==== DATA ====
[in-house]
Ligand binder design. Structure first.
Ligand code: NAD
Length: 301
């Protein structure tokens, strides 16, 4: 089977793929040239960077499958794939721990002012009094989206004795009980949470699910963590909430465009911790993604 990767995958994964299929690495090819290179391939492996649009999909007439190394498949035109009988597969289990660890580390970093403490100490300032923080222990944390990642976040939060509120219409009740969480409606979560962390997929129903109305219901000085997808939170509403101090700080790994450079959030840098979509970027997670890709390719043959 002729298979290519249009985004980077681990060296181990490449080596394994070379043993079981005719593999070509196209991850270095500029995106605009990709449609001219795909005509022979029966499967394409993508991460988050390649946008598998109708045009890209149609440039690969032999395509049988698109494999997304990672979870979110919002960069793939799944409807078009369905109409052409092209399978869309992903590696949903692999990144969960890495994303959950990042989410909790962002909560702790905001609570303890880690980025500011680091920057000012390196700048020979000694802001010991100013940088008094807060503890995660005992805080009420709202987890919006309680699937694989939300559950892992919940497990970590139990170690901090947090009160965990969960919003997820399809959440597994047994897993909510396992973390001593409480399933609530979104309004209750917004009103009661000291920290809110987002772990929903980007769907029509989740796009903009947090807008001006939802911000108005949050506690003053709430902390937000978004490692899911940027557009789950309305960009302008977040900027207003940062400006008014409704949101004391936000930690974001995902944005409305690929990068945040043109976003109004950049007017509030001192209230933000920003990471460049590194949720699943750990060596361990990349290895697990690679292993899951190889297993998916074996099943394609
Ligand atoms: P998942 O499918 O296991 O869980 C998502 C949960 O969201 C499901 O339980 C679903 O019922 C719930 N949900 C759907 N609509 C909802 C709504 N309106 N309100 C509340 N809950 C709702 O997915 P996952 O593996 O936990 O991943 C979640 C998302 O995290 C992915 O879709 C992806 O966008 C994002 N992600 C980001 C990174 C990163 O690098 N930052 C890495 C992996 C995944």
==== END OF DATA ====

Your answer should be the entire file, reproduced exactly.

[in-house]
Ligand binder design. Structure first.
Ligand code: NAD
Length: 301
């Protein structure tokens, strides 16, 4: 089977793929040239960077499958794939721990002012009094989206004795009980949470699910963590909430465009911790993604 990767995958994964299929690495090819290179391939492996649009999909007439190394498949035109009988597969289990660890580390970093403490100490300032923080222990944390990642976040939060509120219409009740969480409606979560962390997929129903109305219901000085997808939170509403101090700080790994450079959030840098979509970027997670890709390719043959 002729298979290519249009985004980077681990060296181990490449080596394994070379043993079981005719593999070509196209991850270095500029995106605009990709449609001219795909005509022979029966499967394409993508991460988050390649946008598998109708045009890209149609440039690969032999395509049988698109494999997304990672979870979110919002960069793939799944409807078009369905109409052409092209399978869309992903590696949903692999990144969960890495994303959950990042989410909790962002909560702790905001609570303890880690980025500011680091920057000012390196700048020979000694802001010991100013940088008094807060503890995660005992805080009420709202987890919006309680699937694989939300559950892992919940497990970590139990170690901090947090009160965990969960919003997820399809959440597994047994897993909510396992973390001593409480399933609530979104309004209750917004009103009661000291920290809110987002772990929903980007769907029509989740796009903009947090807008001006939802911000108005949050506690003053709430902390937000978004490692899911940027557009789950309305960009302008977040900027207003940062400006008014409704949101004391936000930690974001995902944005409305690929990068945040043109976003109004950049007017509030001192209230933000920003990471460049590194949720699943750990060596361990990349290895697990690679292993899951190889297993998916074996099943394609
Ligand atoms: P998942 O499918 O296991 O869980 C998502 C949960 O969201 C499901 O339980 C679903 O019922 C719930 N949900 C759907 N609509 C909802 C709504 N309106 N309100 C509340 N809950 C709702 O997915 P996952 O593996 O936990 O991943 C979640 C998302 O995290 C992915 O879709 C992806 O966008 C994002 N992600 C980001 C990174 C990163 O690098 N930052 C890495 C992996 C995944």